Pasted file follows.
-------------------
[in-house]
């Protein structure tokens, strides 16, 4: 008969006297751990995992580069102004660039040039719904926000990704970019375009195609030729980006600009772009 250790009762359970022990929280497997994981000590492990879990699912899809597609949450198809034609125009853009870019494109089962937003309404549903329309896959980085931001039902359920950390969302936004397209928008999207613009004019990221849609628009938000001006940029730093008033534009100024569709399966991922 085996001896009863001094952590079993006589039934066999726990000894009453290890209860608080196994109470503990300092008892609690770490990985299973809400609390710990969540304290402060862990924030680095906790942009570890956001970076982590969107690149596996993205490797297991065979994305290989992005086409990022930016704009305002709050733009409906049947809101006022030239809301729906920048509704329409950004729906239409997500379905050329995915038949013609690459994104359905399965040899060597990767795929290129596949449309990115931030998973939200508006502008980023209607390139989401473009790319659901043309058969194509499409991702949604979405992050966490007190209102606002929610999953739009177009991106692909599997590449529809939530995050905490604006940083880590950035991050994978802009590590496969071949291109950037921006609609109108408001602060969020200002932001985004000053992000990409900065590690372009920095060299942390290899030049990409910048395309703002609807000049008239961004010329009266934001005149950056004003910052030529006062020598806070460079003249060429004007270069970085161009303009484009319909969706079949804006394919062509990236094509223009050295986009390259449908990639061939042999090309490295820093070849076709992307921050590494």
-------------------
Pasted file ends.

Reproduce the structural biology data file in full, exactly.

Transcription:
[in-house]
């Protein structure tokens, strides 16, 4: 008969006297751990995992580069102004660039040039719904926000990704970019375009195609030729980006600009772009 250790009762359970022990929280497997994981000590492990879990699912899809597609949450198809034609125009853009870019494109089962937003309404549903329309896959980085931001039902359920950390969302936004397209928008999207613009004019990221849609628009938000001006940029730093008033534009100024569709399966991922 085996001896009863001094952590079993006589039934066999726990000894009453290890209860608080196994109470503990300092008892609690770490990985299973809400609390710990969540304290402060862990924030680095906790942009570890956001970076982590969107690149596996993205490797297991065979994305290989992005086409990022930016704009305002709050733009409906049947809101006022030239809301729906920048509704329409950004729906239409997500379905050329995915038949013609690459994104359905399965040899060597990767795929290129596949449309990115931030998973939200508006502008980023209607390139989401473009790319659901043309058969194509499409991702949604979405992050966490007190209102606002929610999953739009177009991106692909599997590449529809939530995050905490604006940083880590950035991050994978802009590590496969071949291109950037921006609609109108408001602060969020200002932001985004000053992000990409900065590690372009920095060299942390290899030049990409910048395309703002609807000049008239961004010329009266934001005149950056004003910052030529006062020598806070460079003249060429004007270069970085161009303009484009319909969706079949804006394919062509990236094509223009050295986009390259449908990639061939042999090309490295820093070849076709992307921050590494």